Avocados are rich in vitamins, antioxidants, fibre and healthy monounsaturated fats, so they're a powerhouse of nutritional goodness.

If you're keen on creating guacamole, salsa and salads from homegrown avocados, consider including some trees in your garden.

Avocados are mainly grown in warm areas of the North Island of New Zealand, however they can also be grown in a warm frost-protected spot in slightly cooler areas.

Here are a few important tips when it comes to growing avocados at home:

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Avocados need moist but well drained soil. Poorly drained soil can quickly lead to root rot and plant death.

Choose a sunny, sheltered site that is protected from frost and wind.

Avocado flowers contain both male and female organs which open twice over two days. When the flower first opens it's female, when it re-opens on the second day it's male. The timing of this flowering classifies avocados into either A or B types.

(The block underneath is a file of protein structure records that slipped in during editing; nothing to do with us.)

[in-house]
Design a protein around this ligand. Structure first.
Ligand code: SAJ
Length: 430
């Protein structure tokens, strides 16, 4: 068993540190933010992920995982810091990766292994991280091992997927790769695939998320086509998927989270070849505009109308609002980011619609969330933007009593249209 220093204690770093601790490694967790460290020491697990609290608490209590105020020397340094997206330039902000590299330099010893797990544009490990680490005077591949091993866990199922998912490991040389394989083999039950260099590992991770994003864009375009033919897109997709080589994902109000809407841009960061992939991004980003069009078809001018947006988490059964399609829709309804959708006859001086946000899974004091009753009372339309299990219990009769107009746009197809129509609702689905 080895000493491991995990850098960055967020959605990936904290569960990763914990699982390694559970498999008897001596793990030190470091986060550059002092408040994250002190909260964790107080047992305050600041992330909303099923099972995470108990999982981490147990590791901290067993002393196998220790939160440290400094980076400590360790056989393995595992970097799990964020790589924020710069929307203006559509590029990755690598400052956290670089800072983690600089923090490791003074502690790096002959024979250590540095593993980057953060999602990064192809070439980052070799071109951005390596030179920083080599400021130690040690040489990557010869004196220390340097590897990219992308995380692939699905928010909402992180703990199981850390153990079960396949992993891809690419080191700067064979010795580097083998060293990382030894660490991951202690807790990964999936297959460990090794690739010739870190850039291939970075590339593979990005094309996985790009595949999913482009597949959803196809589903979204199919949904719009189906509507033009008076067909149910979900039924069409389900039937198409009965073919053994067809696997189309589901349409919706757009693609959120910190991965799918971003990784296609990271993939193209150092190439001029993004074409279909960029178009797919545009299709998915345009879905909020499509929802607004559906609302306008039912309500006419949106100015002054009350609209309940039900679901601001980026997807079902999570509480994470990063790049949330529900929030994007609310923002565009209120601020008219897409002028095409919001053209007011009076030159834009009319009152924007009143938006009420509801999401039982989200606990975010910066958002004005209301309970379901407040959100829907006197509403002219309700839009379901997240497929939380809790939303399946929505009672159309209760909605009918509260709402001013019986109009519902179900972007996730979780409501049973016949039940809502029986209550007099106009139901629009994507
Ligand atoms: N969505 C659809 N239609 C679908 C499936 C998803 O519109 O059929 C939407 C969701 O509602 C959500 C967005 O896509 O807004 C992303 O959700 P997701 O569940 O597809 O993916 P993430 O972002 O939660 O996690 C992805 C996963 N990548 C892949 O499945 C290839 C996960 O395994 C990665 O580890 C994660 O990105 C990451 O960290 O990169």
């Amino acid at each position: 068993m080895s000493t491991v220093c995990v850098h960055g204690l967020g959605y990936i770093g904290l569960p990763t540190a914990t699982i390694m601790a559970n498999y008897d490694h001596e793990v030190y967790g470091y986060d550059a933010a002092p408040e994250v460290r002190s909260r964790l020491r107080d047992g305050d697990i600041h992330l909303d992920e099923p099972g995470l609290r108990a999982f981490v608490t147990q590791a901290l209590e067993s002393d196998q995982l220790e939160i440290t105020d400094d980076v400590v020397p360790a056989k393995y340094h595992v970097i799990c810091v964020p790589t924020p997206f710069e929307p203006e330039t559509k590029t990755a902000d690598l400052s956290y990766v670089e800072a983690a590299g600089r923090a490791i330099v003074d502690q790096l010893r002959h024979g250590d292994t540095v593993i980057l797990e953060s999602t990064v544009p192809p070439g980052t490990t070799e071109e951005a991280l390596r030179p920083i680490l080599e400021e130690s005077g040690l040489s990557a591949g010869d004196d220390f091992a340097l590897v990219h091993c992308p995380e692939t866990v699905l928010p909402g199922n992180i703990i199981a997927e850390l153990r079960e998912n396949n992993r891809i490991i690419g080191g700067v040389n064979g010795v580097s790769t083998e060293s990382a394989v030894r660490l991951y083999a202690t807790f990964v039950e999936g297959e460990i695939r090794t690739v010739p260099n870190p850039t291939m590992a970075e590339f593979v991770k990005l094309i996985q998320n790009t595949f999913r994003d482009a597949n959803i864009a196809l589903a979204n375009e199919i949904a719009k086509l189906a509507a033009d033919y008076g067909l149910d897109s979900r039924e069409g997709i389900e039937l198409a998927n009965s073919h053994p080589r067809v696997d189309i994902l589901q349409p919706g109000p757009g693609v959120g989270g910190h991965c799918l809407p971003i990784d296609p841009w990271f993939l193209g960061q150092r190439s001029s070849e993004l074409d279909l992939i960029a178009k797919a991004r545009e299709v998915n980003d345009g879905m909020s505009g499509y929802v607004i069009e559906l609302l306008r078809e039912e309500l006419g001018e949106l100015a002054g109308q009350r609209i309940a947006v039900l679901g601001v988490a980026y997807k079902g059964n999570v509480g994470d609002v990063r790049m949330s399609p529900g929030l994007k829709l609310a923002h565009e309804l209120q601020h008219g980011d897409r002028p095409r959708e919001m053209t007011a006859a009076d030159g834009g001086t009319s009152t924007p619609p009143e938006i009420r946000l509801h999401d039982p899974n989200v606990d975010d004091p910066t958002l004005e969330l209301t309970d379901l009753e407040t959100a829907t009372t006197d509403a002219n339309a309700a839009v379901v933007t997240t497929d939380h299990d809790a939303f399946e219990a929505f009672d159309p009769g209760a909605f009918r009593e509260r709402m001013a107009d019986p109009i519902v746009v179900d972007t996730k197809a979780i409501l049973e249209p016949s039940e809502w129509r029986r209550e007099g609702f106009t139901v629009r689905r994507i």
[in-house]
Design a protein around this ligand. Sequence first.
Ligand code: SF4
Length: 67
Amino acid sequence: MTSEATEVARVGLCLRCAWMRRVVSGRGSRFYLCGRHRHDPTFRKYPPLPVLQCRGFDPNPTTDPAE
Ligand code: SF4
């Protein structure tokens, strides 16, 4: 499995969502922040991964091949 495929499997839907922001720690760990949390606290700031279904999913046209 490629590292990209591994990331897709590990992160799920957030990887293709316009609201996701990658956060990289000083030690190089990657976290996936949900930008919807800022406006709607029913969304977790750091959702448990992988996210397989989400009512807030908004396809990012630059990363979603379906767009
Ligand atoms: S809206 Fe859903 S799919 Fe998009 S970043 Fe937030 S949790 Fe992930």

Although there can be some self pollination in warm areas, planting two different varieties (from an A and B type) will help improve pollination and fruit set.

'A' varieties that are great for growing in medium sized backyards include Haas and Reed. 'B' varieties include Bacon and Fuerte. Grafted plants will fruit earlier than seedling trees.
Avocados will not ripen on the tree. Pop a too-firm avocado in a paper bag with a banana for a few days to help it soften.

Avocados perform best when planted into soil that's been enriched first with a concentrated source of organic matter like Yates Dynamic Lifter Organic Plant Food. Yates Dynamic Lifter will help improve the quality of the soil, encourage earthworms and beneficial soil microorganisms and provide the tree with gentle nutrients as it establishes.
Reapplying Yates Dynamic Lifter every six weeks from spring to autumn will help ensure the trees have enough nutrients to promote healthy foliage and a great harvest.

Mulching around the root zone with an organic mulch will help reduce moisture loss and add further organic matter to the soil.

• For more ideas and information, visit yates.co.nz

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